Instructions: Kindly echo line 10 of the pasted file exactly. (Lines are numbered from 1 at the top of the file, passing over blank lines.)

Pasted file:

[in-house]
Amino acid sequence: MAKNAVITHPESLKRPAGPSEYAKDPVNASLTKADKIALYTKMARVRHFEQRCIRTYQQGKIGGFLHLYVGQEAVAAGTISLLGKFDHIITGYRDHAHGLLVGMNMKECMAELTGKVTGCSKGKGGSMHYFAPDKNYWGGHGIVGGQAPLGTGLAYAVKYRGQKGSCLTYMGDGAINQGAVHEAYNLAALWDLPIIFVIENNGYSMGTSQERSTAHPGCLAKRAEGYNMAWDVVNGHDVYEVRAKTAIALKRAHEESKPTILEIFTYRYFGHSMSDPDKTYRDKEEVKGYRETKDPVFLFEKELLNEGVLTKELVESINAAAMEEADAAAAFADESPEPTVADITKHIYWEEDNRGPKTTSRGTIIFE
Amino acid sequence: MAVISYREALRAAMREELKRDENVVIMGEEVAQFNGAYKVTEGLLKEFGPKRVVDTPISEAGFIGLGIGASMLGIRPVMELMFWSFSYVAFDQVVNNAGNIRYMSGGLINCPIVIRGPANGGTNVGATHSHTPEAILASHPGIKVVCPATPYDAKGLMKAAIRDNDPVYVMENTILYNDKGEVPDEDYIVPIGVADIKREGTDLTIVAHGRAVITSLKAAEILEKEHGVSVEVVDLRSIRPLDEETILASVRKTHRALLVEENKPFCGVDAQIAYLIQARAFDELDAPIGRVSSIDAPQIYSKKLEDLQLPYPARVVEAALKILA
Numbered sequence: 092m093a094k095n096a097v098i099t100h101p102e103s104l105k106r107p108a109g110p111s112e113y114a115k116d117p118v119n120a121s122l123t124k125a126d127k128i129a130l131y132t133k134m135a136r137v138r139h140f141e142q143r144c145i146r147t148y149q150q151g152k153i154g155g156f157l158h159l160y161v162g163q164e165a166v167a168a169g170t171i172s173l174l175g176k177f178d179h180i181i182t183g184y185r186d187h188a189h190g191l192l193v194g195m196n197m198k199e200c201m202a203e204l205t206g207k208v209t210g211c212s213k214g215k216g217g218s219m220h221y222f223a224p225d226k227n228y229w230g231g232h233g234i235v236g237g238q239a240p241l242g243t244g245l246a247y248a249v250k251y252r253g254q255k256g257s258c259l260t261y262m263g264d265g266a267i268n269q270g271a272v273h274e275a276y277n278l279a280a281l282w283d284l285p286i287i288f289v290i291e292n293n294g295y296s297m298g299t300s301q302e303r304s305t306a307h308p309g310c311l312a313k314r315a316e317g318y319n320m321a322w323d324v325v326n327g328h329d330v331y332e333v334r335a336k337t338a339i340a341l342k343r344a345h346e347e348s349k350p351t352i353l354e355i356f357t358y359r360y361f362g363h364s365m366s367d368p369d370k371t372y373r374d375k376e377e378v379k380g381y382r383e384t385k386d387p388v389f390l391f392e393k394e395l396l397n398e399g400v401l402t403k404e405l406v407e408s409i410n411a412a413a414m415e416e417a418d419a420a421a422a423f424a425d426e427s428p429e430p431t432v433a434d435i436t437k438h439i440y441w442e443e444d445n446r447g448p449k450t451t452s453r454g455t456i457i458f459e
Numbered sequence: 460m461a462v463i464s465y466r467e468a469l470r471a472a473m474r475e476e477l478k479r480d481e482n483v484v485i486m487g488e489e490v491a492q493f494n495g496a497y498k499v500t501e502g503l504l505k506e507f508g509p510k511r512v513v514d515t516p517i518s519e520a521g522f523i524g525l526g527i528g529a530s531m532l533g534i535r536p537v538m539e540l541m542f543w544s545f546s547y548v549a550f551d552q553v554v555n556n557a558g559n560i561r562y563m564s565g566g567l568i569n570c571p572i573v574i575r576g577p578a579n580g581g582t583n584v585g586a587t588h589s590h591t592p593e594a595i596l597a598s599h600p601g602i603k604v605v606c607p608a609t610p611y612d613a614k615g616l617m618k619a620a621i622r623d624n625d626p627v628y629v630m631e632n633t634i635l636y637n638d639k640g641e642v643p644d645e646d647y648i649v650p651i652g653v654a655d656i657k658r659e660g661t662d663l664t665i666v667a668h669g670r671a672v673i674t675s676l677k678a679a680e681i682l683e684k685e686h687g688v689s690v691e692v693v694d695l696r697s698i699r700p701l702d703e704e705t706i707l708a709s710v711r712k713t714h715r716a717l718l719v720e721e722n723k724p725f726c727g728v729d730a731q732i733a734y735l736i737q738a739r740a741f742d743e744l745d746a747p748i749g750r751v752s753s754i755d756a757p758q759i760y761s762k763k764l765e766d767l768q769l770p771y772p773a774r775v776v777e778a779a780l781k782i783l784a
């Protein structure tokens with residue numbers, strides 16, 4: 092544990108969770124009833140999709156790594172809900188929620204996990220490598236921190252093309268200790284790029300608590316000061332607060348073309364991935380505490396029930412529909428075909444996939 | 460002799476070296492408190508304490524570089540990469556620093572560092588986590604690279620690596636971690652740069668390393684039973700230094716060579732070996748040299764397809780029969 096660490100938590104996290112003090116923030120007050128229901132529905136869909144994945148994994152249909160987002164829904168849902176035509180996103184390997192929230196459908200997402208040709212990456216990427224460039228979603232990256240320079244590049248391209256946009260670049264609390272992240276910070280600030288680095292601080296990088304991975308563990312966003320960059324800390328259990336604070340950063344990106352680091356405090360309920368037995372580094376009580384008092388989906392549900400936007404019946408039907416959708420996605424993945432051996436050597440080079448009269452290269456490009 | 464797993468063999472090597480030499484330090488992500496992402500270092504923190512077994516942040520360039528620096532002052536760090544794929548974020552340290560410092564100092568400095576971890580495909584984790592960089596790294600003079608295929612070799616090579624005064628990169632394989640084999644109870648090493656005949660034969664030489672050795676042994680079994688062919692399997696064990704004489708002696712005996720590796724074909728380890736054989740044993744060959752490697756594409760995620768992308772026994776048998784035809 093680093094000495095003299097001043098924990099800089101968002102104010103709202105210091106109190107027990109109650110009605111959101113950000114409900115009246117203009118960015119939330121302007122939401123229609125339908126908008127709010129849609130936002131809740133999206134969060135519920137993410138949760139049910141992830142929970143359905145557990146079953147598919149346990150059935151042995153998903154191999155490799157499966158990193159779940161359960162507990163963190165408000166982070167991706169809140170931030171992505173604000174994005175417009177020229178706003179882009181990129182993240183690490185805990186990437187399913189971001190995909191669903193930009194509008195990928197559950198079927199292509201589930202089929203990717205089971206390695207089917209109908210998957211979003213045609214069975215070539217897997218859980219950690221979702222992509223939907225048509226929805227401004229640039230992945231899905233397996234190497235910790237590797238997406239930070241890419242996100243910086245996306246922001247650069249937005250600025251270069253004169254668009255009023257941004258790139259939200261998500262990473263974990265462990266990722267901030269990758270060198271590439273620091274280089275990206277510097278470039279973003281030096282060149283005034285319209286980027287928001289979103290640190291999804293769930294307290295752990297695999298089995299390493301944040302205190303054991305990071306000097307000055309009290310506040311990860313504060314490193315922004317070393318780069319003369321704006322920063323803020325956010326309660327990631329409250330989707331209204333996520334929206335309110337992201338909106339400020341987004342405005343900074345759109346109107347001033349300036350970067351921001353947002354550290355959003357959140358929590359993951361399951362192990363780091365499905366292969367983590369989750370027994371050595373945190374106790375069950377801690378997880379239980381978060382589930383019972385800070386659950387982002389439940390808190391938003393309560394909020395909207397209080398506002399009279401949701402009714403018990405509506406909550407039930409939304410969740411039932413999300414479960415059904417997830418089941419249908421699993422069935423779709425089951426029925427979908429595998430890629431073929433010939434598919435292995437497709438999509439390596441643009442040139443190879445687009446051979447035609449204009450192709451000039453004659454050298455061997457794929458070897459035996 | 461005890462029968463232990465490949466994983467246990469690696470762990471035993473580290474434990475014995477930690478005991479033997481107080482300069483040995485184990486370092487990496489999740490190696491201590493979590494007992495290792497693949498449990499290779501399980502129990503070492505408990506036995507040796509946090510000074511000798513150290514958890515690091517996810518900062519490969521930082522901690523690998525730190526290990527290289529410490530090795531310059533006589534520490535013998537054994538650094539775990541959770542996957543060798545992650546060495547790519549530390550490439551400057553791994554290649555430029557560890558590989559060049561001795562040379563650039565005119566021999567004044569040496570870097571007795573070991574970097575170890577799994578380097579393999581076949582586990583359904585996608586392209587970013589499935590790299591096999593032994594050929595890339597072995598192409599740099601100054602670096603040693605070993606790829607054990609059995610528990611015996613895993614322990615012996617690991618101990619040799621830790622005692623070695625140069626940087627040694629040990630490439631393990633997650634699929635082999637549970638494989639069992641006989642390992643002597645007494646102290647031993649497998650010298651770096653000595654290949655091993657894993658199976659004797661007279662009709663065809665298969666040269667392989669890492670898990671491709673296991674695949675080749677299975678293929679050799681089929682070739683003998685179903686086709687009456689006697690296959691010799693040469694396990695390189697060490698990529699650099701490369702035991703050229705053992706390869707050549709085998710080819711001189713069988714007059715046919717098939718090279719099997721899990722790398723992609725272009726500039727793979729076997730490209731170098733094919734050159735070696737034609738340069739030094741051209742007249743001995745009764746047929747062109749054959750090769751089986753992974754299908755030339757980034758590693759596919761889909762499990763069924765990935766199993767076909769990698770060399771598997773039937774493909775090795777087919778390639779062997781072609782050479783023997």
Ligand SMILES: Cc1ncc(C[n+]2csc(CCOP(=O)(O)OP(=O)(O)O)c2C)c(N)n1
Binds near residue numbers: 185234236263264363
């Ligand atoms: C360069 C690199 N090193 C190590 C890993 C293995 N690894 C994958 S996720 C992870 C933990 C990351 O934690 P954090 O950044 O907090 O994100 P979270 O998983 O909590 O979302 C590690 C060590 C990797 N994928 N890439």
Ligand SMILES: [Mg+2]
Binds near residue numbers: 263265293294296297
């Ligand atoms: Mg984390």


Ligand SMILES: [Mg+2]